United States District Court, D. Maryland
L. Hollander United States District Judge.
Allen Michael McFadden, a prisoner in the Maryland Division
of Correction (“DOC”), filed a civil rights
action against Officer Ronel Legrand,  a DOC employee at
Central Maryland Correctional Facility (“CMCF”),
located in Sykesville, Maryland. In his unverified complaint,
filed pursuant to 42 U.S.C. § 1983, McFadden claims that
Legrand doused him with pepper spray in the early afternoon
of July 19, 2017, after McFadden, who was awaiting transport
to another institution, banged on the door of his holding
cell, asking to use the bathroom. ECF 1 at 3. McFadden seeks
$200, 000 in damages.
has moved to dismiss the claim and, alternatively, requests
summary judgment, arguing that the use of force was
justified. ECF 15 (Motion); ECF 15-1 (Memorandum)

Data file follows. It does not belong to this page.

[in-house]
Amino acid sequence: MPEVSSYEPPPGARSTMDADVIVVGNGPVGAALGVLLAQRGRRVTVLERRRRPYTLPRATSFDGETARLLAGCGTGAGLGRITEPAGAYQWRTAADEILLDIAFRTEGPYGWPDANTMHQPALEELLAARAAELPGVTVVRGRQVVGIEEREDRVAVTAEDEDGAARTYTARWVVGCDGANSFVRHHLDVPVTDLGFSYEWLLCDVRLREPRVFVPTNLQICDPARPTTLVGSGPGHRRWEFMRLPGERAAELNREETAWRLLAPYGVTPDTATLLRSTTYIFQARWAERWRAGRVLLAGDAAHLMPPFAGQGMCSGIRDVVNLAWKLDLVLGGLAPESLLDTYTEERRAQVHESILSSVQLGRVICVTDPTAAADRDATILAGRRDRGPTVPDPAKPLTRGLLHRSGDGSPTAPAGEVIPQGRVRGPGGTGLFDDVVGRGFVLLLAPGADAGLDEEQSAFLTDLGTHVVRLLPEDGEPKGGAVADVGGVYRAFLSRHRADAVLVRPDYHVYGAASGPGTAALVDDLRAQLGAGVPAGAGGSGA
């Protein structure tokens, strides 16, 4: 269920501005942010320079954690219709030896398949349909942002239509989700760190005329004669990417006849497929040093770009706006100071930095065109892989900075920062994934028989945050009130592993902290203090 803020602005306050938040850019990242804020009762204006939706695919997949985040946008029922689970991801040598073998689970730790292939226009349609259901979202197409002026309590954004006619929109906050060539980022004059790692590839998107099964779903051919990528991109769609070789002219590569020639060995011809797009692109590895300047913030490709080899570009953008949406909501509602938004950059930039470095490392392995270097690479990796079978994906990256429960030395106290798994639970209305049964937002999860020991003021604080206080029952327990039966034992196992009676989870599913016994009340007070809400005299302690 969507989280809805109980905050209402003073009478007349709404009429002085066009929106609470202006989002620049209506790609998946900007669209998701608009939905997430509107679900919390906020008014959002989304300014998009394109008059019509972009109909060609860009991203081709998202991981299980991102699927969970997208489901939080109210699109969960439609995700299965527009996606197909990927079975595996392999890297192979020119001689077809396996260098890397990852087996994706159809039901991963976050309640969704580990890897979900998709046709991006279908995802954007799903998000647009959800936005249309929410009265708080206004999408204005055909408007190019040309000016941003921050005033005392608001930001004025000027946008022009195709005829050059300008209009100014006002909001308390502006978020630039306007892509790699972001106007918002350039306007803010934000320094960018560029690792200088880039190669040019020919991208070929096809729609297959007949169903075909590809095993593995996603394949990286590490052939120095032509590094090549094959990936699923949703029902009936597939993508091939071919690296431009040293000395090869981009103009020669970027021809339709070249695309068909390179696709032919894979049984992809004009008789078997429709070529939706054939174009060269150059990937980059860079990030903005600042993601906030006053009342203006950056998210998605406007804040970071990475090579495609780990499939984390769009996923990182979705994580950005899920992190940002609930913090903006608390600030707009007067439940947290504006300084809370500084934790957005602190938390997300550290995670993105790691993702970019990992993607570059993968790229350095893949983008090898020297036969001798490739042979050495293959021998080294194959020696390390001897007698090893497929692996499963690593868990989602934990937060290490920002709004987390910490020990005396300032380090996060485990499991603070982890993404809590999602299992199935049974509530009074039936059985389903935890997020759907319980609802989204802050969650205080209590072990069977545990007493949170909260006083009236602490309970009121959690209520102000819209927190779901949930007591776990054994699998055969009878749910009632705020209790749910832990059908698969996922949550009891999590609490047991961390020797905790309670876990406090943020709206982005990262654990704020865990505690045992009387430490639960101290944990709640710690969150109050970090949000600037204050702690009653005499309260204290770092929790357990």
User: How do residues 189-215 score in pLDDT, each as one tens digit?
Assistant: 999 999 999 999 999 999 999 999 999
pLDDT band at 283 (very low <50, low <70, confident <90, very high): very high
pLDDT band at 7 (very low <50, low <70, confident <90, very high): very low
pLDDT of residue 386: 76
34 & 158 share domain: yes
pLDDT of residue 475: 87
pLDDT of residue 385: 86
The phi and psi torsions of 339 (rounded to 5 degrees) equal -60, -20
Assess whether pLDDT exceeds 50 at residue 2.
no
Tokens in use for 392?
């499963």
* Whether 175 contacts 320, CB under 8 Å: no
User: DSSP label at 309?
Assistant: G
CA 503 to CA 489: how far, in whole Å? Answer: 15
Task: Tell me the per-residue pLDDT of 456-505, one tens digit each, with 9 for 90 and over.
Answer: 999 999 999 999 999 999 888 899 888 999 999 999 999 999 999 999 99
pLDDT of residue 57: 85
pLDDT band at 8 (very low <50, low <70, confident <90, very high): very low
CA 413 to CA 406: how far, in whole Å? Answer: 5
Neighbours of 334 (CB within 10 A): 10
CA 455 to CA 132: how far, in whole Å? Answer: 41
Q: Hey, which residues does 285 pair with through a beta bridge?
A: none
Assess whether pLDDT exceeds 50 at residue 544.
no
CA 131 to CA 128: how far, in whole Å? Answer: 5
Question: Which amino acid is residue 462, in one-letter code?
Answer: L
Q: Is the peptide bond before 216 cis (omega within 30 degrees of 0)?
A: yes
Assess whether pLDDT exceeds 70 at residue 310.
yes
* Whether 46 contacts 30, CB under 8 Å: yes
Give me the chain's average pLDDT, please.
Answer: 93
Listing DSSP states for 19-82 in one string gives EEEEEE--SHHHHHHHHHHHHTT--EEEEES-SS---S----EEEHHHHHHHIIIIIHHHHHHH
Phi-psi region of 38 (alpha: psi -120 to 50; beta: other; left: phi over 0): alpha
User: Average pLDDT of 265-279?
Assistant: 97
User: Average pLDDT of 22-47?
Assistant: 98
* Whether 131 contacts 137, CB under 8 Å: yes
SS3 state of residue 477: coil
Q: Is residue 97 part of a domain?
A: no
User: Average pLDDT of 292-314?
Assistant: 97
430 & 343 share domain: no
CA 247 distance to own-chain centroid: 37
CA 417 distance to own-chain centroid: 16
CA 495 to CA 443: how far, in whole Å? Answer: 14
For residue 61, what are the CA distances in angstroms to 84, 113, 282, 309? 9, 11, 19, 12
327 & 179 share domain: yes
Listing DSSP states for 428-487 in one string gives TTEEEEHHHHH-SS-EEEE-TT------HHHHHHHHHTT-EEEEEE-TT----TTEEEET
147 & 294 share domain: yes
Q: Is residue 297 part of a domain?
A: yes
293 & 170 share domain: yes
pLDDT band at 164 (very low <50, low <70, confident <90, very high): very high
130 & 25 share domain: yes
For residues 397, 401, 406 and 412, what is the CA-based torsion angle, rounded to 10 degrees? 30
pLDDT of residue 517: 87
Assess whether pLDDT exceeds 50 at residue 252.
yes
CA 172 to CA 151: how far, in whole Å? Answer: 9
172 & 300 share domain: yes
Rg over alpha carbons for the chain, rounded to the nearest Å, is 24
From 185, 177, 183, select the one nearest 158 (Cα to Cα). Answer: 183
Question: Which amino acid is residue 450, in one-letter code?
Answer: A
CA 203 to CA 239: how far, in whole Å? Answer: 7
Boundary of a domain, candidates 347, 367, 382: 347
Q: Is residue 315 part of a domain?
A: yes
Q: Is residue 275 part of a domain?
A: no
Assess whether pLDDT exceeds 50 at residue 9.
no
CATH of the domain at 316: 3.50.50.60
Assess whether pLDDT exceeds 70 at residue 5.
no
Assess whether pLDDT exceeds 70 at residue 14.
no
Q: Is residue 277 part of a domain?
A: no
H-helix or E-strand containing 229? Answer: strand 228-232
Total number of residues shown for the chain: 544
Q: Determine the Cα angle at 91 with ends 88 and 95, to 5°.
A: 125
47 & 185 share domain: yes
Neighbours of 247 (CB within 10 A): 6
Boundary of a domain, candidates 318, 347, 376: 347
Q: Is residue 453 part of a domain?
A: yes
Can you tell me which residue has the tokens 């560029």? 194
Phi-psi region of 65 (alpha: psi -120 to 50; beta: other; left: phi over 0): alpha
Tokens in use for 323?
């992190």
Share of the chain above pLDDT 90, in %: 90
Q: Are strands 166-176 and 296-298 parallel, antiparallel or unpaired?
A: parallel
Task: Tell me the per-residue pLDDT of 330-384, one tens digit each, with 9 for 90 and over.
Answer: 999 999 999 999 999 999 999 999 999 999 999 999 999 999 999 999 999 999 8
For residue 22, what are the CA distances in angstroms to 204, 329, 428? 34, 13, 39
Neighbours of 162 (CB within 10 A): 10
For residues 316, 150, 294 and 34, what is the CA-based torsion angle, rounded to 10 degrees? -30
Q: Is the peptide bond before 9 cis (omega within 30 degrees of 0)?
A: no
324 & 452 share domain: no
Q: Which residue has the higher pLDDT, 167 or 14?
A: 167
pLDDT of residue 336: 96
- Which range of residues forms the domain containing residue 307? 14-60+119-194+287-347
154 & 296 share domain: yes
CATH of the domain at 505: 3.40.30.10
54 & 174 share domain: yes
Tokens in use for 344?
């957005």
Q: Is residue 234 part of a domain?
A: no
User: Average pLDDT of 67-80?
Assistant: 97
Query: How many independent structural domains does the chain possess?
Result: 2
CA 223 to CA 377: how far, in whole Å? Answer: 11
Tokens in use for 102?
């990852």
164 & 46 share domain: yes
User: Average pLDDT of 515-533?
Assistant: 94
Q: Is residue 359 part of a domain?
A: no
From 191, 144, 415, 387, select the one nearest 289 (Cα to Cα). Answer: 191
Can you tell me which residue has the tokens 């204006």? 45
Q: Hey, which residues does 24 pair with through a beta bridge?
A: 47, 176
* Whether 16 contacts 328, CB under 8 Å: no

(collectively, the “Motion”). The Motion is
supported by exhibits. McFadden filed an opposition to
Legrand's motion (ECF 17, Opposition; ECF 17-1,
Memorandum) (collectively, “Opposition”)
asserting for the first time that Legrand had verbally abused
him and threatened to spray him with pepper spray earlier in
the day, prior to the incident, and told McFadden he would
have done so, were it not for the presence of security
cameras. ECF 17-1 at 3. Further, plaintiff moves to compel
Legrand to produce a video recording of the incident (ECF 18;
ECF 23), as well as a copy of Legrand's use of force
history. ECF 22.
review of the submissions, the Court finds a hearing on the
pending matters unnecessary. See Local Rule 105.6
(D. Md. 2016). As set forth herein, McFadden's motions to